Monday, July 13, 2009

Galatians 2:6-10

V6-10 – 6As for those who seemed to be important – whatever they were makes no difference to me; God does not judge by external appearance – those men added nothing to my message. 7On the contrary, they saw that I had been entrusted with the task of preaching the gospel to the Gentiles [or uncircumcised], just as Peter had been to the Jews [or circumcised]. 8For God, who was at work in the ministry of Peter as an apostle to the Jews, was also at work in my ministry as an apostle to the Gentiles. 9James, Peter [or Cephas] and John, those reputed to be pillars, gave me and Barnabas the right hand of fellowship when they recognized the grace given to me. They agreed that we should go to the Gentiles, and they to the Jews. 10All they asked was that we should continue to remember the poor, the very thing I was eager to do.

As we come to v6, it ties in exactly as you’d expect after understanding v1-5 as expounded above. Paul had the gospel revealed from Christ; it was the truth; he was going to preach it whether or not anyone else – even if deemed “important” by the Judaizers – agreed or not. Paul is quick to point out that “those who seemed to be important…added nothing” to his message. They may have “seemed important” – for example, James was Jesus’ half-brother, Peter had been given the keys to the Kingdom, and John was the one Jesus loved – but that didn’t matter for authority to preach the gospel as far as Paul was concerned, for “God does not judge by external appearance.” Paul is by no means mocking the other apostles, for he saw himself as the least of them, not worthy to be called an apostle (1 Corinthians 15:9); but he is downplaying his attackers claims that he is not a valid, “important” spokesman for the gospel of Jesus Christ.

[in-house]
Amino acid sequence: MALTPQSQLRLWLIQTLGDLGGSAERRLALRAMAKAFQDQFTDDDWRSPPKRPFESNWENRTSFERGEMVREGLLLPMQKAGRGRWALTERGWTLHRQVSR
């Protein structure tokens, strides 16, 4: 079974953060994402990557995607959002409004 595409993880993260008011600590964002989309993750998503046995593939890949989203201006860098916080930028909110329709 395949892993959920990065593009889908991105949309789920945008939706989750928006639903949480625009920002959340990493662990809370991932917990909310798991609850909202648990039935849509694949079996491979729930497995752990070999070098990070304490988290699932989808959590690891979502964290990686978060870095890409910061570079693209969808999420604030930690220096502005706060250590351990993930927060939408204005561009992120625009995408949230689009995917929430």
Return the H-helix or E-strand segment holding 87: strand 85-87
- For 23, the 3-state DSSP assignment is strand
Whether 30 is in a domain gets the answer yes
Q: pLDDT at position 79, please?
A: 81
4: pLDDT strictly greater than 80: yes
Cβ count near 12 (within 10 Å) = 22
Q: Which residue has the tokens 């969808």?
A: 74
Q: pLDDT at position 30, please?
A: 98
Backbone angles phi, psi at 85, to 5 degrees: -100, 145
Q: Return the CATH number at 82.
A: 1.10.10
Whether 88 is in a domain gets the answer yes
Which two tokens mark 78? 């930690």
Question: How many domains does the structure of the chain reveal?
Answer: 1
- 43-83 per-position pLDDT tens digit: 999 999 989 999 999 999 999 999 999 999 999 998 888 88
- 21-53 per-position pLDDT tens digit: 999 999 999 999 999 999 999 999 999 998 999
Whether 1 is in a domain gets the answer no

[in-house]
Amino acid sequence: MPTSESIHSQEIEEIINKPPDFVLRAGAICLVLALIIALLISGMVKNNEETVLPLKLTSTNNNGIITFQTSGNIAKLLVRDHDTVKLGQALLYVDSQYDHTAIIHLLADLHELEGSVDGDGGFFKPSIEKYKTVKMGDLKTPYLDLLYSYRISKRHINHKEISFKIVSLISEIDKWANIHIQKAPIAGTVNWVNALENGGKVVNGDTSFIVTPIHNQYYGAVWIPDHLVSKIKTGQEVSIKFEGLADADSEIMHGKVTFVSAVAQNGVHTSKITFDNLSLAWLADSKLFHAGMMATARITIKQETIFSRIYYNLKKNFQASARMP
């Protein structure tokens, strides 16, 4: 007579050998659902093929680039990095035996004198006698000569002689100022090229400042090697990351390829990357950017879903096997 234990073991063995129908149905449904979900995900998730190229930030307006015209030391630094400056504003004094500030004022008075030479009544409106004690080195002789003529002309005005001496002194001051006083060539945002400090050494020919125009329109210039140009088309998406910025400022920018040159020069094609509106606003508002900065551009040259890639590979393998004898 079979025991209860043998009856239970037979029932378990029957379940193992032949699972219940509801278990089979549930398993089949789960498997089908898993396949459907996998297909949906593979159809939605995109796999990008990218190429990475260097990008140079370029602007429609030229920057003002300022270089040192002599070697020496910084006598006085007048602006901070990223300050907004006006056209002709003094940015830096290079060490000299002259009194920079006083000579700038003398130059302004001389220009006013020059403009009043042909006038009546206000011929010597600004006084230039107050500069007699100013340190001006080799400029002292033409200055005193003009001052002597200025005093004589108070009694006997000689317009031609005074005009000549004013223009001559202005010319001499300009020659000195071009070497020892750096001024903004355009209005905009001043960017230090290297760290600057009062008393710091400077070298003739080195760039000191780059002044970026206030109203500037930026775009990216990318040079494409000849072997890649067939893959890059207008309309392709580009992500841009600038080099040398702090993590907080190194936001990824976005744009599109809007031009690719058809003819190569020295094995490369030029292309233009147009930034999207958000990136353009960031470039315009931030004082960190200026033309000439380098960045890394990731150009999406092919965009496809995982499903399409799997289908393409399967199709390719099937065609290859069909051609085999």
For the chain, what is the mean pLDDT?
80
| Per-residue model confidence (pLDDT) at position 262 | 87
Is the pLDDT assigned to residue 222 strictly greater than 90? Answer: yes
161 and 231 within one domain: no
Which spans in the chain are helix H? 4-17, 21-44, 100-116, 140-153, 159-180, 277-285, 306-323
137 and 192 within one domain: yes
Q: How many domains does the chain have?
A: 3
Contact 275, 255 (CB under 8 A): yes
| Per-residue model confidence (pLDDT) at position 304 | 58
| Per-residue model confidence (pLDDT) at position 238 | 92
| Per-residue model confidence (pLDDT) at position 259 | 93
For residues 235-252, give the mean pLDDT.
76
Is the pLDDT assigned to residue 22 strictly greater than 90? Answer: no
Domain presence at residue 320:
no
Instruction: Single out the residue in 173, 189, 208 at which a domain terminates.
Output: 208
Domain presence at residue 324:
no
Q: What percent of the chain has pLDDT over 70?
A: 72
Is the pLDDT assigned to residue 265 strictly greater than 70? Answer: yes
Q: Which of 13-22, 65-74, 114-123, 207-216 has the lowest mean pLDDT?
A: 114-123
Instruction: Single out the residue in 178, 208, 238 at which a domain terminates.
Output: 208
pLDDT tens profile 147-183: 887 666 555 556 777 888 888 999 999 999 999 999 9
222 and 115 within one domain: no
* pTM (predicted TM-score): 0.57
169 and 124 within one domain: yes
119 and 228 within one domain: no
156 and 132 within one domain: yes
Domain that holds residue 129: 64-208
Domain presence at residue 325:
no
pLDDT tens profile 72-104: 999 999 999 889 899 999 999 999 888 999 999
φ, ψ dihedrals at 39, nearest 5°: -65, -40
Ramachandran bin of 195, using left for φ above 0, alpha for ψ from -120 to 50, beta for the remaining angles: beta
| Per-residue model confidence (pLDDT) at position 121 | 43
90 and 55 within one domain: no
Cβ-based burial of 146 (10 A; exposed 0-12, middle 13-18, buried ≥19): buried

So with a big sigh of relief, the climactic conclusion, we read in v9 that the Christian leaders of Jerusalem extended “the right hand of fellowship,” acknowledging that Paul and Peter had both been graced by God with the task of preaching the gospel (v7-8), and that Paul’s doctrine in no way conflicted with authentic Christianity. There would be no division this day, as long as the poor (namely the Jewish Christians in poverty in Jerusalem) were remembered (v10). Paul was eager to aid them, as seen throughout his ministry (Acts 11:27-30; 24:17; Romans 15:26; 1 Corinthians 16:1-3).

Vincent Cheung concludes here, “This in effect puts the Judaizers, who oppose Paul, outside of the apostolic circle and the main thrust of the Christian movement. Thus since Jerusalem agrees with Paul, and Paul disagrees with the Judaizers, this means that the Judaizers are in fact the real deceivers and false teachers, and the enemies of the gospel. By this point in the letter, Paul has provided more than sufficient refutation to all those arguments of the Judaizers that are based on personal attacks.” Nevertheless, all is not well that seems to end well, as we see in the next passage (and Acts 21:17-25). Sadly, orthodoxy – right doctrine neither always nor instantly leads to orthopraxy – right behavior. I think you can get a feel that Paul had his eyes and mind and heart set firmly on both; while perhaps the Jerusalem Christian leaders may have been lax at upholding the latter (orthopraxy), worrying more about the former (orthodoxy).

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